On Friday, the Atwater City Council voted to declare itself a ‘sanctuary city’ from the statewide lockdown order, allowing all businesses in the city to reopen.
Atwater, a Merced County city of 30,000 people located 8 miles away from the city of Merced, will also allow all non-profits, such as places of worship, to open as well.
The City Council passed the sanctuary city declaration as a way for the economy to start up again, a gesture of defiance to Governor Gavin Newsom’s order, and to affirm ‘the city’s commitment to fundamental constitutional rights.’
“This is America,” noted Atwater Mayor Paul Creighton on Friday. “You have the choice. It’s time for the government to stop dictating another month, another three months, six months. When is it going to end? When everyone is bankrupt?”
However, despite the city giving the green light for all city businesses being allowed to open, state law is still in effect here in many ways. Atwater businesses that have state licenses, such as restaurants, bars, and salons, could be punished by the state before the state allows their businesses to open. If they open without state approval, California may take away their respective licenses.
“We’re not looking to jeopardize anyone’s business,” added Mayor Creighton. “That’s a license you hold with the state of California. So, we don’t want to cause any harm there, use your best judgment.
If you do have a state license, that’s between you and the state of California.”
Atwater also puts itself at greater risk of spreading the coronavirus.
“Even smaller towns get a huge jump in risk by not following health guidelines and orders,” noted Fresno area nurse Jennifer Graham. “A lot of people who had coronavirus here have gone out to parks and things in more rural areas. Through all the small stores and gas stations and everything, it can spread.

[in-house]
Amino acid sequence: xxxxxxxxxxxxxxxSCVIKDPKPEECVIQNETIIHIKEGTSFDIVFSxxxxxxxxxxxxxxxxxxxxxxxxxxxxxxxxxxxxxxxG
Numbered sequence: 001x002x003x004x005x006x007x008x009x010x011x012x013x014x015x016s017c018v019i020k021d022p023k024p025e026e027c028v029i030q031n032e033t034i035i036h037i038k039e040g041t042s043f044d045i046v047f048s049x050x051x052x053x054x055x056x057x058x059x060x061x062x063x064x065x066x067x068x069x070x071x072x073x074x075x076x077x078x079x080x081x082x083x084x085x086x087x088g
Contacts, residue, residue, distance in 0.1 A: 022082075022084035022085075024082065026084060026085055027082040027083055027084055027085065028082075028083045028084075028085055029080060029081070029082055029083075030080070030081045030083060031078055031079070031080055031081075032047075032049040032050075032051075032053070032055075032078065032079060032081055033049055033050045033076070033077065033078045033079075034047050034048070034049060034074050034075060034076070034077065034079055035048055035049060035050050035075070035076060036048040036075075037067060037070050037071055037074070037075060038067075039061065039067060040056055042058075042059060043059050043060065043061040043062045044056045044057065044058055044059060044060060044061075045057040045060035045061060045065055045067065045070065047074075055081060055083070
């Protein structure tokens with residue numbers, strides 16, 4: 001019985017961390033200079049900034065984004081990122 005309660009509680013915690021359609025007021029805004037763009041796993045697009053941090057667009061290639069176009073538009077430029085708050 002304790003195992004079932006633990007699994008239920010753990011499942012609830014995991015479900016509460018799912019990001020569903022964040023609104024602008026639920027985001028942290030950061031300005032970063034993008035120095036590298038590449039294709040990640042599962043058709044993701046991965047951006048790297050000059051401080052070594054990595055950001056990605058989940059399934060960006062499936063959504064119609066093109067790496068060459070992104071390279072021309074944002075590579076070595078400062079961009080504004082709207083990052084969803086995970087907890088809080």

California is already being very cautious. Atwater just declaring itself open like that, well, it’s potentially very dangerous for peoples health.”
Detractors have been the minority in Atwater however. At the Friday meeting, most people coming up to speak were for the sanctuary city reopening, not to mention members of the City Council and the Mayor voicing approval as well.
Councilman Brian Raymond, who proposed the sanctuary city declaration, noted that some Californian cities, such as Coalinga, have simply declared that all businesses as being essential. But Raymond also noted that no city had declared itself a sanctuary city for businesses until Atwater.
Merced County health officials have noted that, in addition to the health and safety risks, that Atwater’s defiance could lead to the state not giving some funding to the city and the county post-coronavirus and could also possibly lead to a lawsuit with the state. As of Saturday, the state has not taken any action against Atwater.